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The Open Dentistry Journal, 2015, 9, 176-180
Awareness of Antimicrobial Prophylaxis for Infective Endocarditis Among Dental Students and Interns at a Teaching Hospital in Jeddah, Saudi Arabia Maha A. Bahammam1,* and Noha M. Abdelaziz2 1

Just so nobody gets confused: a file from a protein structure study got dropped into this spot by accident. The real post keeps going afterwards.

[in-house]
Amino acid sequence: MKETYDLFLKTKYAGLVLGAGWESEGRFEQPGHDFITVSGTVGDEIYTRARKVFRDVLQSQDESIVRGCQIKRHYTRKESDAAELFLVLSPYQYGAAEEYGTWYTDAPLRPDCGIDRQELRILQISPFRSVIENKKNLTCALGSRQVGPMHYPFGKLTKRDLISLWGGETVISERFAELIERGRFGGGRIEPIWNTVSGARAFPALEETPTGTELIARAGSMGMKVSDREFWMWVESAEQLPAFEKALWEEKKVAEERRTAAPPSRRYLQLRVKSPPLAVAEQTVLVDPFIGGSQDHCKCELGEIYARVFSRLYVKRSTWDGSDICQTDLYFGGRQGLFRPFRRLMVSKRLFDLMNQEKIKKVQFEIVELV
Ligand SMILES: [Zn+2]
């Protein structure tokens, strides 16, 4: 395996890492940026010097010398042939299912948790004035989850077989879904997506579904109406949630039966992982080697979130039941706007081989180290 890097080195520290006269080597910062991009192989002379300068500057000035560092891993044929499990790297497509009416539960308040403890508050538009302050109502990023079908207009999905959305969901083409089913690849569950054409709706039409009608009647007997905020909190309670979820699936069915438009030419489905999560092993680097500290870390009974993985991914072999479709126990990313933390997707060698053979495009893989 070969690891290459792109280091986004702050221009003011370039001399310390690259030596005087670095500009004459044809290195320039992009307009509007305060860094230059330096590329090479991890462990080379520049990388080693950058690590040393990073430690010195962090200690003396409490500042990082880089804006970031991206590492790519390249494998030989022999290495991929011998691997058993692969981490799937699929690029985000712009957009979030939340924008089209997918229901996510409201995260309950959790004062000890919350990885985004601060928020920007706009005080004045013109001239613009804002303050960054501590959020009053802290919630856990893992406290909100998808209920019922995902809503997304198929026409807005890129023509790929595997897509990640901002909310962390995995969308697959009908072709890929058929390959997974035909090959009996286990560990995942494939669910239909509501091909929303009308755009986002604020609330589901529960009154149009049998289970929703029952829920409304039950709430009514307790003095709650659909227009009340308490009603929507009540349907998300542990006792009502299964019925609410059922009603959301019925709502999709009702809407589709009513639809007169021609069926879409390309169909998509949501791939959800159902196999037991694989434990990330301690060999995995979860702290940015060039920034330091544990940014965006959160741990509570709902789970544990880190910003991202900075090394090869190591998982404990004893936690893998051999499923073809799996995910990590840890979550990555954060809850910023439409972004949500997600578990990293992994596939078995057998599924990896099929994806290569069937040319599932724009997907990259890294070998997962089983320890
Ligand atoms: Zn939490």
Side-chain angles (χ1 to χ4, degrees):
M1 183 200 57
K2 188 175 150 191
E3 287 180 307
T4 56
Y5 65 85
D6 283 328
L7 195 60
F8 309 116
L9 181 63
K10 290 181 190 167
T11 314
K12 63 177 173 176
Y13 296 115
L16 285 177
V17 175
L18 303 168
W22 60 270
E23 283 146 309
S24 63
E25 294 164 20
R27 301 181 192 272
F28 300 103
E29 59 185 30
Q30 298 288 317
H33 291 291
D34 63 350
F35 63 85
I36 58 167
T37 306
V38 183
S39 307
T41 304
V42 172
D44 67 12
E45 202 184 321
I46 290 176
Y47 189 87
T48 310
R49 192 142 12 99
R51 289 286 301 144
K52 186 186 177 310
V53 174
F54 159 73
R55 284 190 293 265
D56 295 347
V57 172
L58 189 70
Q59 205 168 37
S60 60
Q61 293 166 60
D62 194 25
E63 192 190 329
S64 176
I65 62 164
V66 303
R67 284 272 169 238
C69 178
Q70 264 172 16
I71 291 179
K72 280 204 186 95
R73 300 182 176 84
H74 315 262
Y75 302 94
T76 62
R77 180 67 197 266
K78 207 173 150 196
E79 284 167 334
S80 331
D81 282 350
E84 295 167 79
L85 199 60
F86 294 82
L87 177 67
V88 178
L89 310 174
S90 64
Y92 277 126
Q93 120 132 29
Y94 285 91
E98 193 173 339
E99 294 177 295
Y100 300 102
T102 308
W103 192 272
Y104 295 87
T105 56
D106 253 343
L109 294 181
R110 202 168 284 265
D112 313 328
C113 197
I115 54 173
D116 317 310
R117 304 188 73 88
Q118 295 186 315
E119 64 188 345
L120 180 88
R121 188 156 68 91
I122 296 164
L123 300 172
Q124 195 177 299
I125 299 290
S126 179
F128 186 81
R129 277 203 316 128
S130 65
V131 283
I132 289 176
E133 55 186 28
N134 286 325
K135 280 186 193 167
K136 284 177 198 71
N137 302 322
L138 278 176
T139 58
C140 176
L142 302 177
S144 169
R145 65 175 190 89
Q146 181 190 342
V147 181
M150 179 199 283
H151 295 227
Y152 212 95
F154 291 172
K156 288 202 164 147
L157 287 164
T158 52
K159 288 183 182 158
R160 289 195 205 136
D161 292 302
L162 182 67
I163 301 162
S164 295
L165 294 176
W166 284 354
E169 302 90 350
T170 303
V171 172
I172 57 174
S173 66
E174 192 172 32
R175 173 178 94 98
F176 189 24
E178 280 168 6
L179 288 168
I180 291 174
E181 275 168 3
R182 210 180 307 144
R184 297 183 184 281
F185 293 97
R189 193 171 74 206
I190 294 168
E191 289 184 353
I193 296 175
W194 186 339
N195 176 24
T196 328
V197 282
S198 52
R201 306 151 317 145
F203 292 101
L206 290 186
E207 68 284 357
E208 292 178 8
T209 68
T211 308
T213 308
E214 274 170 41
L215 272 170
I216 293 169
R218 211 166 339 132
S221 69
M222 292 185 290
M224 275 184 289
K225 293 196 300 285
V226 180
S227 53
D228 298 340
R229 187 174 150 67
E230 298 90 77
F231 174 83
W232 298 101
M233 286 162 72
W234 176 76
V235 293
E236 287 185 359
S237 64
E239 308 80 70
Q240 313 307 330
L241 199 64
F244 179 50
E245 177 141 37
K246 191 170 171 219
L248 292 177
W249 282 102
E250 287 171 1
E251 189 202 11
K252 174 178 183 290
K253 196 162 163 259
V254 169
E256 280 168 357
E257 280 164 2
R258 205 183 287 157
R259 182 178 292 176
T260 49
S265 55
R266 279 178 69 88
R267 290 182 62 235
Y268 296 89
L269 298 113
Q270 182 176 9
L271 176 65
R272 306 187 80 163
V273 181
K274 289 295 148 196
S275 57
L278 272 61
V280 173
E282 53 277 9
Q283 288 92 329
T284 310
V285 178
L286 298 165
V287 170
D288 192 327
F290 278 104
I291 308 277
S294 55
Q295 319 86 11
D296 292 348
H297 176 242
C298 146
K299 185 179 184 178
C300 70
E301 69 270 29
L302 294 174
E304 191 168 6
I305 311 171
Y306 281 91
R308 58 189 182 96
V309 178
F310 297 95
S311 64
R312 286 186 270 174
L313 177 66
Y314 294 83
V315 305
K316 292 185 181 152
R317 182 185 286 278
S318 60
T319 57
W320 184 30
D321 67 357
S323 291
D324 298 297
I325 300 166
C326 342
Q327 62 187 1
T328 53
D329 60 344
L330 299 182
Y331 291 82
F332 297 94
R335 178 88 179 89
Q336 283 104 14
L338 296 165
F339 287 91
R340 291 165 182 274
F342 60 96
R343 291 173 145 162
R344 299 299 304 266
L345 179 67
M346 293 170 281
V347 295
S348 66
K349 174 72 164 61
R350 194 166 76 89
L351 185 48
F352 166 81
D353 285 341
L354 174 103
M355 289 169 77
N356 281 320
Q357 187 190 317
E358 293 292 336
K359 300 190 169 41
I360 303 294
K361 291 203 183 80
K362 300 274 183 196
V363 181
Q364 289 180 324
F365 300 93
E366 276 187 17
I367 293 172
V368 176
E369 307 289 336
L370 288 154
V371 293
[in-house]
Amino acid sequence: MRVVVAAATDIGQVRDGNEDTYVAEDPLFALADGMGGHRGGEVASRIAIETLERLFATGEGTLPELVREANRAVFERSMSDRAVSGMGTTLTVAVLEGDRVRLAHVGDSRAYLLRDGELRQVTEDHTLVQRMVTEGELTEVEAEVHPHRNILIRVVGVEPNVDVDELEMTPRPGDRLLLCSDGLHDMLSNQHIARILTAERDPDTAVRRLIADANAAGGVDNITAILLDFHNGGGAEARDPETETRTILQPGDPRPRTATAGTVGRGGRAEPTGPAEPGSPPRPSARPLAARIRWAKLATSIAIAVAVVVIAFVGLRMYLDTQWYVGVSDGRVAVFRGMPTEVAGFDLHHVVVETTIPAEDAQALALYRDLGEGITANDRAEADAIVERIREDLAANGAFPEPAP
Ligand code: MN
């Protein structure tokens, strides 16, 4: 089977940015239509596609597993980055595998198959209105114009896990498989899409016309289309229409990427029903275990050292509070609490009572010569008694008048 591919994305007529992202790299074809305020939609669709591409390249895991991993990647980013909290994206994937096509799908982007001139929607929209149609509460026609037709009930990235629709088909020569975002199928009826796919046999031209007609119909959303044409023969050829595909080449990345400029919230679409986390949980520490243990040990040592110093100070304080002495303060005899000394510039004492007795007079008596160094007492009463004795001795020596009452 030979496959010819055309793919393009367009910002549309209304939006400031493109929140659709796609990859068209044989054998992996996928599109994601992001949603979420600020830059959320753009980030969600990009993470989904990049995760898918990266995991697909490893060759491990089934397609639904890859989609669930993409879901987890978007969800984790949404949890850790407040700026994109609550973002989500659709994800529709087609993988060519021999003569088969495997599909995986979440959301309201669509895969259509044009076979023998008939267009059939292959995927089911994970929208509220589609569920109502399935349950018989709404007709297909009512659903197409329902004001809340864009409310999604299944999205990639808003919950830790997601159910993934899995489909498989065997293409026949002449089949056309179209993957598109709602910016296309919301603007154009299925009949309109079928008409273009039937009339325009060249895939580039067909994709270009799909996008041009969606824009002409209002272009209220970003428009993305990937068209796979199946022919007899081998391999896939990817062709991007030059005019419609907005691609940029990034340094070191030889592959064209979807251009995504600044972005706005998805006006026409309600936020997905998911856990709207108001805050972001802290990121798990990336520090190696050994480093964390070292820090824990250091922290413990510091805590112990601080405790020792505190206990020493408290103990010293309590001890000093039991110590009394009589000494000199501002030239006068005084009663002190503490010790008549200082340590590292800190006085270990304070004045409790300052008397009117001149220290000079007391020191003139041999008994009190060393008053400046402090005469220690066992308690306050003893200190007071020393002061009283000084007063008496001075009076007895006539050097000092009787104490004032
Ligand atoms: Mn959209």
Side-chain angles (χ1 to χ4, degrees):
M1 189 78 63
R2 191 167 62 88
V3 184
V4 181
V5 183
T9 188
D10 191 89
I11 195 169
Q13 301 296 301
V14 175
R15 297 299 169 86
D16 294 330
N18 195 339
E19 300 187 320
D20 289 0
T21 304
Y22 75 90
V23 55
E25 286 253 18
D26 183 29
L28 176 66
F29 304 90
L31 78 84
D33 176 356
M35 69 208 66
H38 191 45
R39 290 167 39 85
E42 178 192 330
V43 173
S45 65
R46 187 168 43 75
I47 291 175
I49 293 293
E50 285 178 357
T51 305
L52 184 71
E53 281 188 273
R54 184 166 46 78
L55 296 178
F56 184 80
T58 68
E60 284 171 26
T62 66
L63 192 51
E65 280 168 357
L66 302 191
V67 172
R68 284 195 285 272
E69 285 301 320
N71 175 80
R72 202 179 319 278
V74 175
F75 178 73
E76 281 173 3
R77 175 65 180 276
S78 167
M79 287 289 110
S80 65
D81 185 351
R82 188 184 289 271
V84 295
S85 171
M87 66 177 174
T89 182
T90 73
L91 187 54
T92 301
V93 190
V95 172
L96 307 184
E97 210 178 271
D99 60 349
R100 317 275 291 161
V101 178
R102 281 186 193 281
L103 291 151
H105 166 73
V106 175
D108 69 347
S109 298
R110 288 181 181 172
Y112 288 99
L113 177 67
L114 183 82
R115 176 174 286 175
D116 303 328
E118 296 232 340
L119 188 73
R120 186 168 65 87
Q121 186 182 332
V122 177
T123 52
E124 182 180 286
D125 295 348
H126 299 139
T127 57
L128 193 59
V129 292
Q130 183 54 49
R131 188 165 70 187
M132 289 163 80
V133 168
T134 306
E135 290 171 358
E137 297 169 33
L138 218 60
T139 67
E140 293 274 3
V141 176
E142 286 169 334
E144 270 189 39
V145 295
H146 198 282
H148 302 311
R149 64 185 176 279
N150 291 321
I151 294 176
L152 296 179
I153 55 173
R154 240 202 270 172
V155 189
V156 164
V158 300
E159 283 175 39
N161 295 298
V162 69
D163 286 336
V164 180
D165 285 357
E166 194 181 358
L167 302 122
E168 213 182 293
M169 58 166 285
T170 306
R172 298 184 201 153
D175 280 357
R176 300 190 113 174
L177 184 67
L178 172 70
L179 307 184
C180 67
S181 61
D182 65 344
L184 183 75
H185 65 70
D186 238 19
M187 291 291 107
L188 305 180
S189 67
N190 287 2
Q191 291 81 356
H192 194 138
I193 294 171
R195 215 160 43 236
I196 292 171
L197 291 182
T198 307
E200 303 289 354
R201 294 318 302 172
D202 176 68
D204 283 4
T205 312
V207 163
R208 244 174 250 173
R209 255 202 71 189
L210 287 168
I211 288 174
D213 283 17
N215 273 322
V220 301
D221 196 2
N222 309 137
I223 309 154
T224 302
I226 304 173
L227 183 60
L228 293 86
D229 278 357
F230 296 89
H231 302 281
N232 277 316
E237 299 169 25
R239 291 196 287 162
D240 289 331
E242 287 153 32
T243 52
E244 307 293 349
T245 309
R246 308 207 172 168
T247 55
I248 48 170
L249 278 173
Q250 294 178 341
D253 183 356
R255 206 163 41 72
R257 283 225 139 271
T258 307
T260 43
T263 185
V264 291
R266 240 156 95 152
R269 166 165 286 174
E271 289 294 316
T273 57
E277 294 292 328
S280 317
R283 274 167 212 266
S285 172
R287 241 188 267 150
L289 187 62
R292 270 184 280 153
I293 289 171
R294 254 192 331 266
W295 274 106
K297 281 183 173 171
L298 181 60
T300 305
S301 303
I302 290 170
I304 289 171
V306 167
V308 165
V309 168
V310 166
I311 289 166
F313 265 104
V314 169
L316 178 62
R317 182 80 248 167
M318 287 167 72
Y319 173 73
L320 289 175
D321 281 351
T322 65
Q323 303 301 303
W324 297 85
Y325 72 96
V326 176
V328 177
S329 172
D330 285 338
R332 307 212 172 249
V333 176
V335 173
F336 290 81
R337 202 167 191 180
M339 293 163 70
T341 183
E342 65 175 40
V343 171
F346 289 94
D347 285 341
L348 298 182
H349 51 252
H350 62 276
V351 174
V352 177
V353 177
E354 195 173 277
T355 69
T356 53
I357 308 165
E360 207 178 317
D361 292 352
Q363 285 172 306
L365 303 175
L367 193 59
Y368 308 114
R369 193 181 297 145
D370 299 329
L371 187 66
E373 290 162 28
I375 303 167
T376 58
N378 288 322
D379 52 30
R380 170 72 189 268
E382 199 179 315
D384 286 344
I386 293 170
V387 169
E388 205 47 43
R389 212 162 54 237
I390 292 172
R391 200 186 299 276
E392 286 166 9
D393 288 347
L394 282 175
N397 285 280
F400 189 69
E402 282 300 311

Department of Periodontology, Faculty of Dentistry, King Abdulaziz University, Jeddah, Saudi Arabia; 2Oral Medicine Division, Department of Diagnostic Oral Sciences, Faculty of Dentistry, King Abdulaziz University, Jeddah, Saudi Arabia Abstract: Introduction: Infective endocarditis is a serious infection of the heart endothelium and valves. It carries longterm health risks and compromises the heart condition. However, this condition has been rarely observed since the introduction of appropriate antibiotic prophylaxis. Dentists play a major role in preventing infective endocarditis in susceptible patients. In this study, we assessed the levels of awareness about antibiotic prophylaxis for infective endocarditis among students and young dentists at King Abdulaziz University, Jeddah, Saudi Arabia. Methods: This cross-sectional study included 367 dental students and dental interns who answered a questionnaire designed to assess their awareness levels; it included questions pertaining to demographic information and questions examining the general knowledge of the participants with regard to antibiotic prophylaxis for infective endocarditis. Results: An average of 50% of the participants clearly lacked knowledge regarding the conditions that require antibiotic prophylaxis, while an average of 65% provided correct answers pertaining to the conditions that do not require prophylaxis. Regarding dental procedures that require prophylaxis, the majority of responses were correct with an average of 71.2%. With regard to the type of antibiotic to be prescribed, 63.5% of the participants chose to prescribe 2 g of amoxicillin as a first-line antibiotic. Conclusion: The results of this study showed that the levels of awareness about antibiotic prophylaxis for infective endocarditis are below 100%. Awareness is essential because of the cardiac risks associated with the lack of appropriate treatment. Up-to-date and accurate knowledge is mandatory for all dental students and interns who see and treat patients on a daily basis.